Posted by  on  Tue Oct 14, 2003  at  07:50 PM

That sounds like an urban legend around here, the "Johnson Monster"
Posted by Joe  on  Sun Nov 02, 2003  at  04:51 PM

The drop bear is just another term for the Yowie, which many people in Australia believe exists. The story of the Yowie has been retold in Aboriginal communities for generations.
Posted by Willow  on  Tue Feb 10, 2004  at  11:05 PM

The only way to get rid of a Drop Bear is to run around in a circle 3 times very quickly. This disorients the Drop Bear and it falls to the ground paralized. Otherwise, if you have a Trip-Snake handy it will sufice as it is the Drop Bears only natural preditor. This story is not just told to guides, scouts and foreign armies, but to all backpacking tourists upon arrival on a tour in Australia.
And if you happen to see a Trip-Snake lying crippled on a bush track, give its shoulders a gentle rub, it normally just has a pinched nerve and will slither away quickly once it recovers.
Posted by sykobanana  on  Sat Feb 21, 2004  at  02:49 AM

my friend got attacked by a drop bear a year ago
Posted by Justin  on  Sat Mar 06, 2004  at  09:01 PM
There is no such thing as a Drop Bear or a Trip Snake. Although I would stand under a tree because a snake or spider could fall on you and many of the snakes and spiders in Australia are poisonous. Some of them are very aggressive and there I think the Tiger snake would even chase after you to bite you, more than once. That could be fatal.
Posted by Micaela  on  Sun Mar 28, 2004  at  05:22 AM
The complement to the drop-bear is the upstone: bushwalkers must watch out from above and below when walking Down Under.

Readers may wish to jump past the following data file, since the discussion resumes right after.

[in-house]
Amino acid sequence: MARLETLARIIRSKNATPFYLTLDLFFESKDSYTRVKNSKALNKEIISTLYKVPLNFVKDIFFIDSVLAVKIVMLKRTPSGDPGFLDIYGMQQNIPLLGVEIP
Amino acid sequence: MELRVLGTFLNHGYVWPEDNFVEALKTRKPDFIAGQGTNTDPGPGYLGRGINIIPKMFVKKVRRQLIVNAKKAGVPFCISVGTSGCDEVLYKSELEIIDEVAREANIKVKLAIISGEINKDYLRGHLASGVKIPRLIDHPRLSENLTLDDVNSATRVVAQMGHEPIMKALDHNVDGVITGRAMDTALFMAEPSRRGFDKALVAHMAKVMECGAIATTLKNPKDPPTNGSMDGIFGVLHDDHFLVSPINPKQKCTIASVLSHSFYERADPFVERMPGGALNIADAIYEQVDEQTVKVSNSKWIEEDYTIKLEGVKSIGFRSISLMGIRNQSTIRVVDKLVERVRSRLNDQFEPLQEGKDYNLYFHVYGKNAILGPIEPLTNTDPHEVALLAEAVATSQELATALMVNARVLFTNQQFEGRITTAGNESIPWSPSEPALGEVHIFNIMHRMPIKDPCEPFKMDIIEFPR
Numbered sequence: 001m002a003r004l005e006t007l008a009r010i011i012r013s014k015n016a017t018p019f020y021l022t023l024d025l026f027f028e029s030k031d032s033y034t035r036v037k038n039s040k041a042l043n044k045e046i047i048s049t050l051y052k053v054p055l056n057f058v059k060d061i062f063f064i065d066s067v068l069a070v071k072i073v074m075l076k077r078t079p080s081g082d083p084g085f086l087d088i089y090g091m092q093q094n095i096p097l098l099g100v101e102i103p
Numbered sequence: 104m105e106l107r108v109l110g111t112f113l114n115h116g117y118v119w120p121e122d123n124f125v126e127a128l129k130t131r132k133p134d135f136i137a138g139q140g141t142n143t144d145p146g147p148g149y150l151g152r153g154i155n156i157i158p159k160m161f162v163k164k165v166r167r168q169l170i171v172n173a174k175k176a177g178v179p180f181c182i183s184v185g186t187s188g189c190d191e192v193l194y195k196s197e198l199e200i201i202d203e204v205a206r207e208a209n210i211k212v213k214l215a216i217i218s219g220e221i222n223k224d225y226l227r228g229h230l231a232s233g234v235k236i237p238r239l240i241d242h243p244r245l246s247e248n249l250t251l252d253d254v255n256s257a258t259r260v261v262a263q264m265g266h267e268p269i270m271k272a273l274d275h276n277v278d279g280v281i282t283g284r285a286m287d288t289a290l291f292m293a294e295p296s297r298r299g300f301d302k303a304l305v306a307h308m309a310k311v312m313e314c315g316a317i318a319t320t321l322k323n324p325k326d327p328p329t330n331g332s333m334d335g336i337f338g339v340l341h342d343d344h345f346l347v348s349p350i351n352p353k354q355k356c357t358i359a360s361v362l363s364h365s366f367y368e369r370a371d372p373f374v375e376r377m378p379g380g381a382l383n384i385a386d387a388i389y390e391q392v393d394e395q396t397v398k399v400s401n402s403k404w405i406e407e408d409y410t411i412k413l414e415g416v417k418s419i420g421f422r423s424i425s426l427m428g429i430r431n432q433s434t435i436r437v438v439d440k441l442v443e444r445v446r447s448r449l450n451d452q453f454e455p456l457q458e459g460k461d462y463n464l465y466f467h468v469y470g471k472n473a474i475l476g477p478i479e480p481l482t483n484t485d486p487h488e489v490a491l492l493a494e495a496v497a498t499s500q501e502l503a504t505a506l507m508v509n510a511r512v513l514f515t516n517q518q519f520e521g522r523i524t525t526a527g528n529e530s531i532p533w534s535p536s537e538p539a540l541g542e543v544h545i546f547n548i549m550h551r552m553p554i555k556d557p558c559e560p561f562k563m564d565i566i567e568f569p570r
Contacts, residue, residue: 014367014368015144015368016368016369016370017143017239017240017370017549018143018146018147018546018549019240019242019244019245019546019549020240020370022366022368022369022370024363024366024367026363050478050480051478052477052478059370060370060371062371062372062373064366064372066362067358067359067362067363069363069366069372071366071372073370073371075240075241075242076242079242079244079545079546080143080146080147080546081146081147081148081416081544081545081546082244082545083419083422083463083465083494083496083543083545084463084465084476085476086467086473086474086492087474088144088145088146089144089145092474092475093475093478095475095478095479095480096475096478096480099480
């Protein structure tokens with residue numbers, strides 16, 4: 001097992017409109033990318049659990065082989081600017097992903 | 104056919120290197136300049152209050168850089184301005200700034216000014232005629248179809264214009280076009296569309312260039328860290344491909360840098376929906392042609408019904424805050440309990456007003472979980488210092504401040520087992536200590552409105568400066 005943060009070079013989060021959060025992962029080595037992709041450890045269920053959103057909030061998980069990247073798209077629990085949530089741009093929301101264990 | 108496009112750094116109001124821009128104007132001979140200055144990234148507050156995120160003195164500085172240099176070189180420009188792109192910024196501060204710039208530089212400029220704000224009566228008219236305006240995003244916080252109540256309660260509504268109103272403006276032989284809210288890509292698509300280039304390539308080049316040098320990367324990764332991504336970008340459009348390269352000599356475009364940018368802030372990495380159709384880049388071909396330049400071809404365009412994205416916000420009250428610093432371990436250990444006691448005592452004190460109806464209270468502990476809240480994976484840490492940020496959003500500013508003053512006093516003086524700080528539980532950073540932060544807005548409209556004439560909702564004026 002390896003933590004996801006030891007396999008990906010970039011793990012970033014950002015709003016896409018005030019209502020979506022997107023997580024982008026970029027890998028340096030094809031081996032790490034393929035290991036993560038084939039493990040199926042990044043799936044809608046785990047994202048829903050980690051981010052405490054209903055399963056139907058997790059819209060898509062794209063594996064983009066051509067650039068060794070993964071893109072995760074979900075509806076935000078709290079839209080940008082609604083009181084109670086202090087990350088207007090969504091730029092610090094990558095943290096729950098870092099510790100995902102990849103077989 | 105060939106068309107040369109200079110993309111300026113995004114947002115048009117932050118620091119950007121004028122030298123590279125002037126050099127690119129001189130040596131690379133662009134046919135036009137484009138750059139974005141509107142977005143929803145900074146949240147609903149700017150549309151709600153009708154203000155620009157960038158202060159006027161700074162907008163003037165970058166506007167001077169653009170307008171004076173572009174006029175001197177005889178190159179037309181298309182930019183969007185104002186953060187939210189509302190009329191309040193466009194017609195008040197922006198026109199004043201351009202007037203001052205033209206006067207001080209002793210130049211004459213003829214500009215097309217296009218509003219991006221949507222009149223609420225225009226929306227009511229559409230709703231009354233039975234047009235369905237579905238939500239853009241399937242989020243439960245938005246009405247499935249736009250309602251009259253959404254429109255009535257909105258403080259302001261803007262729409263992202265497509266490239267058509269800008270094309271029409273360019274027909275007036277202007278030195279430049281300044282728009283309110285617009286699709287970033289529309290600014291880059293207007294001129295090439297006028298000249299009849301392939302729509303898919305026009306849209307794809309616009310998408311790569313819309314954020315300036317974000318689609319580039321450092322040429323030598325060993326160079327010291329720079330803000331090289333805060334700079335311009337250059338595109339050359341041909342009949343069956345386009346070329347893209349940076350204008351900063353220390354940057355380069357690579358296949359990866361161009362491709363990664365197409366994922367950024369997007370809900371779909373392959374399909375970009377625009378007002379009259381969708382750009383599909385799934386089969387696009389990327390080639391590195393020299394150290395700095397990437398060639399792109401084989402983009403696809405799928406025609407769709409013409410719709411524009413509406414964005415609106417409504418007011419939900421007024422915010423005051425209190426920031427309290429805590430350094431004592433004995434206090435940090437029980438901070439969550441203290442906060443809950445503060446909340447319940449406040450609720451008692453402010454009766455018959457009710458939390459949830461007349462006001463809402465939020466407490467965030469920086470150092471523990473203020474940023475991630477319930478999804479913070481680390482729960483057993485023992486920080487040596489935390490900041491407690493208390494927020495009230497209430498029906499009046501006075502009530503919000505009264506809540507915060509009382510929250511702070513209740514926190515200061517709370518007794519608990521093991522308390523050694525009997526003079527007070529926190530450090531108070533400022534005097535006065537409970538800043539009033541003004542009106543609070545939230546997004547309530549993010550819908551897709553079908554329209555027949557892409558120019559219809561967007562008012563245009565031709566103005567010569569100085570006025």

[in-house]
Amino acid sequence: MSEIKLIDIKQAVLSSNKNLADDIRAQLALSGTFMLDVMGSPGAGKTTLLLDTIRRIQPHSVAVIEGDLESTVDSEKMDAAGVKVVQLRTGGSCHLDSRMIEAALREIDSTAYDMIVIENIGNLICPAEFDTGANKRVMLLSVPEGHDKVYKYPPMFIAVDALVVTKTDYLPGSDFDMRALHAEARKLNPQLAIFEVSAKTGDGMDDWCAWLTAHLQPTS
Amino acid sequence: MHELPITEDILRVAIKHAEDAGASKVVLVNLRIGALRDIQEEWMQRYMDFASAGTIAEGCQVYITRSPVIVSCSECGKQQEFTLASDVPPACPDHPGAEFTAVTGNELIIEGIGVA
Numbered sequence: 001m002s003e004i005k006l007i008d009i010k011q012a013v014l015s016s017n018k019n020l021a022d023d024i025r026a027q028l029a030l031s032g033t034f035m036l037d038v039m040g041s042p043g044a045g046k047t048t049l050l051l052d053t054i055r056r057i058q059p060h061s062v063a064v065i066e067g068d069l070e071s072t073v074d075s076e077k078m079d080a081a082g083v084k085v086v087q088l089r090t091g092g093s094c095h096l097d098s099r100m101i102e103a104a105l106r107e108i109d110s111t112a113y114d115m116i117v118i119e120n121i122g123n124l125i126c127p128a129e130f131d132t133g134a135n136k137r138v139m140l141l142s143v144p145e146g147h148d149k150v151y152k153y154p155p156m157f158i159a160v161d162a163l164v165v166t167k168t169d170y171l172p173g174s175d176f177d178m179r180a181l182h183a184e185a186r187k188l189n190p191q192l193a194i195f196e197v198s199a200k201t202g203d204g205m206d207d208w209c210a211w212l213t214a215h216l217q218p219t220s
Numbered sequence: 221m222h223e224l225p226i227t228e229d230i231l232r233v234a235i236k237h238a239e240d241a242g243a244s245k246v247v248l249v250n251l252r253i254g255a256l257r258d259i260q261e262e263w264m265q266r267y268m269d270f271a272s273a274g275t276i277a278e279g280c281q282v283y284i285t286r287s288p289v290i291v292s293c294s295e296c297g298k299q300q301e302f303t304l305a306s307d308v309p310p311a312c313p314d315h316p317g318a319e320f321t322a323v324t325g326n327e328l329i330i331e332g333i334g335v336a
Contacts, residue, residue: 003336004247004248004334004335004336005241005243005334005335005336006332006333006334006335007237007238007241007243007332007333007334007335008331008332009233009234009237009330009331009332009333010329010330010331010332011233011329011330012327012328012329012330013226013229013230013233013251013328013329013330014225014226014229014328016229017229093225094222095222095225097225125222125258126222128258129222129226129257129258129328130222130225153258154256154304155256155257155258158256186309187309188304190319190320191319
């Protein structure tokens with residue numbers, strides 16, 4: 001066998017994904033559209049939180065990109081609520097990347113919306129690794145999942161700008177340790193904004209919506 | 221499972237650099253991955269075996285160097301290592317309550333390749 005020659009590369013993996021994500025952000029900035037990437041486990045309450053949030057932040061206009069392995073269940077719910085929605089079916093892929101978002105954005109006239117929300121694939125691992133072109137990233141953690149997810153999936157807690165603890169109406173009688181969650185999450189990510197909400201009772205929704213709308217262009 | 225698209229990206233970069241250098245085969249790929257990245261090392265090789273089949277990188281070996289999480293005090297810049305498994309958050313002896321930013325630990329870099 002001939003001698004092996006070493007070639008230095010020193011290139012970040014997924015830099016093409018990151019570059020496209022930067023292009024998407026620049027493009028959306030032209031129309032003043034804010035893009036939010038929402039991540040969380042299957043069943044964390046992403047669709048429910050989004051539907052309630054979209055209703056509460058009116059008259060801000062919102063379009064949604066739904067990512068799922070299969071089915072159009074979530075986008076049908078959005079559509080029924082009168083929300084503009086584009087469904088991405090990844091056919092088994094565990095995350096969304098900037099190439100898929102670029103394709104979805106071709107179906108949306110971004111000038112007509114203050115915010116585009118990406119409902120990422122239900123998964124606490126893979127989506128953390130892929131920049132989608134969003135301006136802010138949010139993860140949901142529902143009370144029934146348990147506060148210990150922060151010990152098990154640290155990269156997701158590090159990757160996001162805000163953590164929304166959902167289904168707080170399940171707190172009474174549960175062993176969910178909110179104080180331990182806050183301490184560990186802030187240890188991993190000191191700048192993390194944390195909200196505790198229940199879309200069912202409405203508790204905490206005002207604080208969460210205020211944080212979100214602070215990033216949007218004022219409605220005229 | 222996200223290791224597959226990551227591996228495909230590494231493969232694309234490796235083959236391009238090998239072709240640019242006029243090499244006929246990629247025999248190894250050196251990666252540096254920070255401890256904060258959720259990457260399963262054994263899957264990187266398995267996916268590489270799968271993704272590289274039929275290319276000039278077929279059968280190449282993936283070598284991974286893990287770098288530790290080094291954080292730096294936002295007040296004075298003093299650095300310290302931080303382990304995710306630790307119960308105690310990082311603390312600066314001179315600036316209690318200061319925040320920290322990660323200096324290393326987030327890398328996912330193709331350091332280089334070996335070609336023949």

Posted by James  on  Tue Mar 30, 2004  at  03:49 PM
As a boyscout member of the 2nd Parramatta troop, I was introduced to the horrors of Drop Bears by the senior scouts and in turn, passed the same horror stories onto the kids below me as I advanced in rank. Drop Bears were described as a subspecies of Koala Bear (a marsupial) with two very long incisor teeth, that would wait on a branch for someone to pause underneath. It would then fall from the tree, driving the large teeth into the spinal chord at the base of the neck. This would paralyse the victim and allow the creature to eat. May of the smarter kids (including myself) were wise enough not to heed the stories of Drop Bears.

But there was another creature that lived in the Australian bush that likewise frightened younger Scouts: "Ombilie-Gombilies". According to the senior scouts, an Ombilie-Gombilie was a small non-descript creature known to attack enmasse and gnaw off any protruding toes and fingers that slipped from a tent or sleeping bag at night. One scout was found screaming and running around the forest covered with blood one night and when I backtracked his footsteps, it seems he had tripped over a fresh deer carcass and has landed in the chest cavity which had been opened by foxed or wild dogs. Of course, all the other kids thought the Obilie-Gombilie stories were true after that and refused to believe my explaination.

As for Yowies (an Aussie version of Bigfoot), I was present when a Park Ranger came by to ask us one night if we'd seen anything since he was investigating a legitimate sighting by elderly campers upriver. Of course, two scouts had been running about with one atop the other's shoulders and a ground-sheet over them so it was hard to take the report seriously. Until we discovered giant footprints and a forensic team had been taking moulds of them a week before we arrived.

Nowdays I'm one of the premier visual effects artist for the film industry and get to design and make my own mosters every week.
Posted by Marco Nero  on  Sun Apr 18, 2004  at  10:24 PM
who is dumb enough to
1. lie under a tree in australia
2. spit up into the air and not realise that gravity is against you and ur spit will fall back onto your face.........is anyone dumb enough to try it out???
Posted by me  on  Fri May 28, 2004  at  12:29 AM
I'm from NZ and as these damn aussies just LOVE teasing us new zealanders, my friend started talking to me about drop bears one day. the fool thing is, after a few minutes i was seriously saying 'no come on emma, honestly, drop bears arent real ... are they?'